New Survey Ranks Most Trusted Nonprofits
Roughly three in five Americans tend to trust nonprofits; however, 43% have lost trust in a nonprofit, with many unwilling to forgive, according to a recent report, “Most Trusted Brands 2022: Trust in Nonprofits.”
While putting donations to good use was the top way nonprofits gained the trust of those surveyed, misusing funds was the most frequent reason for losing Americans’ trust, thus requiring nonprofits to consistently deliver on what they promise. Only 8% of those who lost trust in a nonprofit continued to give to that organization. Those who lost trust in an organization typically gave elsewhere (43%), stopped giving permanently (38%) or stopped giving at the time but remained open to giving to that organization in the future (18%).
Using research and brand intelligence from two separate surveys in April 2022, Morning Consult, a global intelligence data company, determined the most trusted brands of 2022. Band-Aid, Lysol, Clorox, UPS and CVS Pharmacy topped the overall most trusted brands list, but here is the list of most trusted nonprofit brands:
- St. Jude Children’s Research Hospital (81.80 net trust)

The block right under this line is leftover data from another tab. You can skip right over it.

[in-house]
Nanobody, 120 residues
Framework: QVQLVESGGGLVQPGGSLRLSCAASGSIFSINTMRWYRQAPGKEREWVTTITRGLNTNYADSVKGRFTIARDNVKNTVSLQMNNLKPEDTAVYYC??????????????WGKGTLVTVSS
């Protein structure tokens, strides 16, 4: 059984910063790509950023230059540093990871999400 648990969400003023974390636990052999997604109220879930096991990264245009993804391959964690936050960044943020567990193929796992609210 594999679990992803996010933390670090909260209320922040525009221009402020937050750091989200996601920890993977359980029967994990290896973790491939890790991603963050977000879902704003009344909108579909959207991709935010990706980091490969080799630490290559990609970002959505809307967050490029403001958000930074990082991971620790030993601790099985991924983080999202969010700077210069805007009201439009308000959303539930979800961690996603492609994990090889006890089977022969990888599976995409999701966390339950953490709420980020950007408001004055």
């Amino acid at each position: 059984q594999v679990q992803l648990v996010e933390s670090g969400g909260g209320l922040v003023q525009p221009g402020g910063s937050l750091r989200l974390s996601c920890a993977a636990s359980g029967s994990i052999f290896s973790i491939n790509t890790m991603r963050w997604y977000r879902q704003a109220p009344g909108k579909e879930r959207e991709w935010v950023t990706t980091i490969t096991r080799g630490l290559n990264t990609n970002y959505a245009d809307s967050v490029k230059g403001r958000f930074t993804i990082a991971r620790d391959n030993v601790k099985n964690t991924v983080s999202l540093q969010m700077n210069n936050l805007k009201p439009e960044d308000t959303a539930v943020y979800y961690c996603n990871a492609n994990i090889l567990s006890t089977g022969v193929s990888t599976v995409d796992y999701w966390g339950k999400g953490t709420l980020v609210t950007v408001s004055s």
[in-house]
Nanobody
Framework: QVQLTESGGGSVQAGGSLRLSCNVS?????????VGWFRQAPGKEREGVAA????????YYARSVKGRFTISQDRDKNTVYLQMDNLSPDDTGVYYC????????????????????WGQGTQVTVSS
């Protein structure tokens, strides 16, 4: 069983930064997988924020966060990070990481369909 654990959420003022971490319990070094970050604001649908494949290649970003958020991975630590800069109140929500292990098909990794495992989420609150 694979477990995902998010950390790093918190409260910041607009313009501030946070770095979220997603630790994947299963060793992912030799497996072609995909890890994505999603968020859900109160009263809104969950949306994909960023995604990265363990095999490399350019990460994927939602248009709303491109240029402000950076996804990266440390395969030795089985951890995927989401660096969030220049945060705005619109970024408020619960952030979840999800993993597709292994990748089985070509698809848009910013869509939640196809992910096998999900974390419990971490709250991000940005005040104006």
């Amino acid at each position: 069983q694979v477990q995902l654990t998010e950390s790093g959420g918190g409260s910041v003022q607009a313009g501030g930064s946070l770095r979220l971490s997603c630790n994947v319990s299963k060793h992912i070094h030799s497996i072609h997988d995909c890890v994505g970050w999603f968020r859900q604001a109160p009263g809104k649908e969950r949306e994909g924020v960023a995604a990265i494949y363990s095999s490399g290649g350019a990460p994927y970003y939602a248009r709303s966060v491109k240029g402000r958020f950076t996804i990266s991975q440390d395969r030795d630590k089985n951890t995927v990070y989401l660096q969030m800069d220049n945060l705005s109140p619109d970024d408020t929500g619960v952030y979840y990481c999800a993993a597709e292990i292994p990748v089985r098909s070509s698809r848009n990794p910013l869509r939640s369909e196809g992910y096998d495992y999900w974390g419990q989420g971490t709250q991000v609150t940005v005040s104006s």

- Make-A-Wish Foundation (80.65 net trust)
- American Heart Association (74.94 net trust)
- Special Olympics (73.67 net trust)
- American Red Cross (71.57 net trust)
- American Cancer Society (71.47 net trust)
- Shriners Hospitals for Children (71.40 net trust)
- Habitat for Humanity (71.09 net trust)
- Ronald McDonald House Charities (69.61 net trust)
- American Society for the Prevention of Cruelty to Animals (67.02 net trust)
"It is an honor to be recognized among so many well-regarded nonprofits in the first year of Morning Consult's Most Trusted Nonprofit Brands,” Richard C. Shadyac Jr., president and CEO of ALSAC, St. Jude’s fundraising and awareness organization, said in a statement. "This report reminds us that trust, particularly for nonprofits, is earned and is paramount."
Though St. Jude currently holds the top spot, the study noted that the No 2. most trusted nonprofit could move to the No. 1 spot in the future since it ranks higher among Gen Z adults, millennials and among adults in higher-income households that earn $100,000 or more annually.
Nonprofits face a challenge among those belonging to Gen Z, according to the report. Not only are its members less aware of nonprofit brands, but they were more skeptical of all 50 nonprofits that were tested. However, both the American Civil Liberties Union and Equal Justice Initiative tested higher among Gen Z members than the general public.
“However, there are real glimmers of hope regarding this younger generation,” according to the report. “While they seem to latch less onto individual brands, their plans to give to a nonprofit are in line with or higher than those of other generations. This makes capturing the attention of Gen Zers and getting them to remember your brand that much more important.”